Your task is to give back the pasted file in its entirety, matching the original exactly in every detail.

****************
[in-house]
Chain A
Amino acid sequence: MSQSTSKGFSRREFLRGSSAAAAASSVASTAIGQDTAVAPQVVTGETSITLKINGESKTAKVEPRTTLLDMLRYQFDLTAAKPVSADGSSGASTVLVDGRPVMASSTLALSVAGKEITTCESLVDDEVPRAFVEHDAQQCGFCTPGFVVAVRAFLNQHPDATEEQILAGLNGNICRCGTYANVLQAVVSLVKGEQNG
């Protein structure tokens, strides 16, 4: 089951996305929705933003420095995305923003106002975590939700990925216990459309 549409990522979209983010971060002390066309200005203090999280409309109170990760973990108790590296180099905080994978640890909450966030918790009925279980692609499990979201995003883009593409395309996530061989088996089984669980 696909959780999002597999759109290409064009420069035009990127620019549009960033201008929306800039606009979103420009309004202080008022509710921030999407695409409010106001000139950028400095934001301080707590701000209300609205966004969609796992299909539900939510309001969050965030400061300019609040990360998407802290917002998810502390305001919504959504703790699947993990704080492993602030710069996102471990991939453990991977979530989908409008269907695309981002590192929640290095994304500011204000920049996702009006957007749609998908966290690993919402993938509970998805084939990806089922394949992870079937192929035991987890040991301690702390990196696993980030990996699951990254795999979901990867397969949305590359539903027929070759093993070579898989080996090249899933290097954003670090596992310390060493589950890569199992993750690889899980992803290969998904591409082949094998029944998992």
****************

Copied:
[in-house]
Chain A
Amino acid sequence: MSQSTSKGFSRREFLRGSSAAAAASSVASTAIGQDTAVAPQVVTGETSITLKINGESKTAKVEPRTTLLDMLRYQFDLTAAKPVSADGSSGASTVLVDGRPVMASSTLALSVAGKEITTCESLVDDEVPRAFVEHDAQQCGFCTPGFVVAVRAFLNQHPDATEEQILAGLNGNICRCGTYANVLQAVVSLVKGEQNG
């Protein structure tokens, strides 16, 4: 089951996305929705933003420095995305923003106002975590939700990925216990459309 549409990522979209983010971060002390066309200005203090999280409309109170990760973990108790590296180099905080994978640890909450966030918790009925279980692609499990979201995003883009593409395309996530061989088996089984669980 696909959780999002597999759109290409064009420069035009990127620019549009960033201008929306800039606009979103420009309004202080008022509710921030999407695409409010106001000139950028400095934001301080707590701000209300609205966004969609796992299909539900939510309001969050965030400061300019609040990360998407802290917002998810502390305001919504959504703790699947993990704080492993602030710069996102471990991939453990991977979530989908409008269907695309981002590192929640290095994304500011204000920049996702009006957007749609998908966290690993919402993938509970998805084939990806089922394949992870079937192929035991987890040991301690702390990196696993980030990996699951990254795999979901990867397969949305590359539903027929070759093993070579898989080996090249899933290097954003670090596992310390060493589950890569199992993750690889899980992803290969998904591409082949094998029944998992």